There's a symmetry here: Adding Hamels and Diekman in a deal at the trade deadline three years ago helped push Texas to the AL West title. Hamels is a rental now, and not the borderline No. 1 starter he was in 2015. Atlanta, though, has arrived a year early thanks to some surprising performances. The first-place Braves can steal this race from the Nationals. Adding Hamels, at a cost of a prospect from their deep well of young pitchers (Anderson), will help alleviate concerns about both command and workload at the top of the rotation. The Rangers get a pitcher who could be their No. 1 as soon as next summer, and a project outfielder, for two players who can leave at the end of the season.

YANKEES TRADE OF Clint Frazier, LHP Justus Sheffield, RHP Jonathan Loaisiga and OF Everson Pereira TO METS for RHP Jacob deGrom

It's hard to see the Mets sending their ace to the Bronx, but sometimes, the back pages have to take a backseat. The Yankees have both depth in the high minors and young talent in the majors, and can assemble a package that makes the Mets better as soon as 2019. They could start their rebuilding, close the book on the '15 NL pennant winners and move forward under a new front office.

The Yankees, one of the three best teams in baseball (with the Red Sox and the Astros), wouldn't have to worry much about their patchwork rotation but for the presence of Boston in the same division. When MLB added a wild-card team to each league in 2012, it had this in mind: two great teams forced to go all out for a division title to avoid dropping into a one-game, anything-can-happen playoff spot. Think 1978, but with a net. Adding deGrom fills a hole in the Yankees rotation between Severino and the middling 15-out starters—Sonny Gray, CC Sabathia, Masahiro Tanaka—behind him. DeGrom leads MLB with a 1.84 ERA in 17 starts.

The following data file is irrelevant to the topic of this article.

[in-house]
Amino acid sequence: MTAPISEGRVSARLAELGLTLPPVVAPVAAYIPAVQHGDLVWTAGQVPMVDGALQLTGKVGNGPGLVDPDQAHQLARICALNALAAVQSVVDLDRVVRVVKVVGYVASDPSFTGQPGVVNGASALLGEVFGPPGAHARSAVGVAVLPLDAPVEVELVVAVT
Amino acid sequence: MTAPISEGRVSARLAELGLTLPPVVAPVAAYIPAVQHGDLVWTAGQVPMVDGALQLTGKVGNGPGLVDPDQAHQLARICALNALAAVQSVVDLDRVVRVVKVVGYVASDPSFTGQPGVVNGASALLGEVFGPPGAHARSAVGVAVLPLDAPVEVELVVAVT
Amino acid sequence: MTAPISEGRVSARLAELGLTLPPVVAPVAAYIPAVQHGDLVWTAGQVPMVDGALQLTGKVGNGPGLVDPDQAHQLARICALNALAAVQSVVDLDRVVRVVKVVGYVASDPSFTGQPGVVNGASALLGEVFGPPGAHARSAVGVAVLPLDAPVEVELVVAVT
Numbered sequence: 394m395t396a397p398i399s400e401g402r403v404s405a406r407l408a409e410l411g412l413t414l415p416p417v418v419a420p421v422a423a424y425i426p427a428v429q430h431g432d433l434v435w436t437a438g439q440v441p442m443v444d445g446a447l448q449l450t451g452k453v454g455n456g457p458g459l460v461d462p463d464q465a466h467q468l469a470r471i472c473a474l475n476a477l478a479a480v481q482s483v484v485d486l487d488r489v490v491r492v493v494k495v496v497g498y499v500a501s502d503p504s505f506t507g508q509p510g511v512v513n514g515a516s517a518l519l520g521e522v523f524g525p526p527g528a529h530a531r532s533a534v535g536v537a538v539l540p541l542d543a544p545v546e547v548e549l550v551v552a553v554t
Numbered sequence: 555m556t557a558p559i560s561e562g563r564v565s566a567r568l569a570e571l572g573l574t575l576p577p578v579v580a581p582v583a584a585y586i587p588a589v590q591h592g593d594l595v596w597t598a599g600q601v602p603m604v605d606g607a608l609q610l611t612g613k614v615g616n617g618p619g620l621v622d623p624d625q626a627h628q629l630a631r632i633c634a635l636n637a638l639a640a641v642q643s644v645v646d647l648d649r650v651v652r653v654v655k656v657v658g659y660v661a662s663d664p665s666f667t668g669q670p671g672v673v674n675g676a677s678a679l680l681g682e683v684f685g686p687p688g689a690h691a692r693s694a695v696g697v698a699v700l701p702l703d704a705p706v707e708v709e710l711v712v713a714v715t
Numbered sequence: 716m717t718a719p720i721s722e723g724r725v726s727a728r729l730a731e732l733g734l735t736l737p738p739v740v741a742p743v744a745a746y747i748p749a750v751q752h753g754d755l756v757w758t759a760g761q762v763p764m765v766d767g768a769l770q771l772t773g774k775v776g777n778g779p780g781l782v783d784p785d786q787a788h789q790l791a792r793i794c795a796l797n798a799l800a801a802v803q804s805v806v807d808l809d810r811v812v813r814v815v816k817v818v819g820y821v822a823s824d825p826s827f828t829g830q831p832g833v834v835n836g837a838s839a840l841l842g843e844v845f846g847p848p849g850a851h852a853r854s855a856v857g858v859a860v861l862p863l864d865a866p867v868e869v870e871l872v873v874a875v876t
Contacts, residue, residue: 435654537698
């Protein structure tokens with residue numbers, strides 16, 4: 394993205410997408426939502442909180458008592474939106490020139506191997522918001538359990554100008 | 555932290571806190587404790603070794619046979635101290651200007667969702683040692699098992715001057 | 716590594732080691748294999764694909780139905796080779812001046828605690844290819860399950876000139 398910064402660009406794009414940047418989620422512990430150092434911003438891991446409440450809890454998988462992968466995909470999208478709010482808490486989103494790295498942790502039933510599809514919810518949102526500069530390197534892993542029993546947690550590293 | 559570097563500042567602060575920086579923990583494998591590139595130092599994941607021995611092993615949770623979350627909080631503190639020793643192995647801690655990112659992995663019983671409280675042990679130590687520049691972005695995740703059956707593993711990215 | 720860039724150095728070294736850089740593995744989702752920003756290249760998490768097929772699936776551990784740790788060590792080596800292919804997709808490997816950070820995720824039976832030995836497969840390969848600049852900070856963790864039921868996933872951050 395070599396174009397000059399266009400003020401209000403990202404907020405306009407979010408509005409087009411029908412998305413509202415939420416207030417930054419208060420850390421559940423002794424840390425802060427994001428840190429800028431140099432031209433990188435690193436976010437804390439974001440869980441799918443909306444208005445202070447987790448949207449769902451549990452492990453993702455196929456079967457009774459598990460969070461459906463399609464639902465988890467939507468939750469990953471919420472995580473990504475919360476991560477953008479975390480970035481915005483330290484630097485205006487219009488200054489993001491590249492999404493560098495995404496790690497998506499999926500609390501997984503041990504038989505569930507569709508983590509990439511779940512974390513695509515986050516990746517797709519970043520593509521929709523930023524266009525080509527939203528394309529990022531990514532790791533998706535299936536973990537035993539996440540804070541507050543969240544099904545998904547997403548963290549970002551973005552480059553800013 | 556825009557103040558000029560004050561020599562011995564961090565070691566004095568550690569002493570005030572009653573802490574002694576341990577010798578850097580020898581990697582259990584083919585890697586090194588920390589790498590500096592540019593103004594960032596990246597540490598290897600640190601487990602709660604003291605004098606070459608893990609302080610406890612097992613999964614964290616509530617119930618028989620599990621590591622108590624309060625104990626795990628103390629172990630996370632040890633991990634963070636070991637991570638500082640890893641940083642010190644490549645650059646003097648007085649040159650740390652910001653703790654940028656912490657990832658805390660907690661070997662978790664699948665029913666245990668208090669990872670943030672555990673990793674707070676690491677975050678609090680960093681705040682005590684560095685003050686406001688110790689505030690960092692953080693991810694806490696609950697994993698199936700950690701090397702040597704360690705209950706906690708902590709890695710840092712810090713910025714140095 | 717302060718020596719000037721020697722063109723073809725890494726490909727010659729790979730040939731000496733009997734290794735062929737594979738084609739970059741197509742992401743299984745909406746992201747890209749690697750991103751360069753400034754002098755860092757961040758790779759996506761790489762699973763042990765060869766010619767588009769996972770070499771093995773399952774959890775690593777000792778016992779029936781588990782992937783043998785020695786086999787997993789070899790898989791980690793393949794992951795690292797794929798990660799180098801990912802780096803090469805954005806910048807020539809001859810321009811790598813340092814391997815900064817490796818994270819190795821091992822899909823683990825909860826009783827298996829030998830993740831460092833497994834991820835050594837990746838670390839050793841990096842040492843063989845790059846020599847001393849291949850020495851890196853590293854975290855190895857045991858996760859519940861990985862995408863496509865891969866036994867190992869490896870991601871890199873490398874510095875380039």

The Mets may eventually behave like a team that shares the largest market in the U.S., but until the Wilpon family is willing and able to do so, they will go up and down like a mid-market club. This trade acknowledges what has been apparent for years: The Wilpons will not compete at the top level of the sport.

DODGERS TRADE RHP Dennis Santana TO REDS for 2B Scooter Gennett

No contender in baseball is getting less from its keystone spot than the Dodgers. Chase Utley, 39, looks every bit his age; Logan Forsythe has a .259 OBP; and the team has taken to running out-of-the-blue sensation Max Muncy out there at times. It's time to solve the problem by swapping a good pitching prospect, albeit one unprepared to help this year, for one of the season's best stories in Gennett, who went from the waiver wire to a four-homer game within three months, and who entered July leading the NL in batting (.331). Shaky defense holds down Gennett's value, but the Dodgers' strikeout-heavy starting rotation would minimize that weakness.

BREWERS TRADE RHP Adrian Houser and LHP Kodi Medeiros TO BLUE JAYS for LHP J.A. Happ

Milwaukee's greatest need is for a pitcher you'd want to start a Game 7. That pitcher may not be available, but the team will get its ace, Jimmy Nelson, who has been out since last season with a shoulder injury, back in the second half. In trading some second-tier prospects for Happ, the Brewers get a hurler who becomes their No. 2 behind Nelson for a price that reflects Happ's status as a rental who may go elsewhere at the end of the year.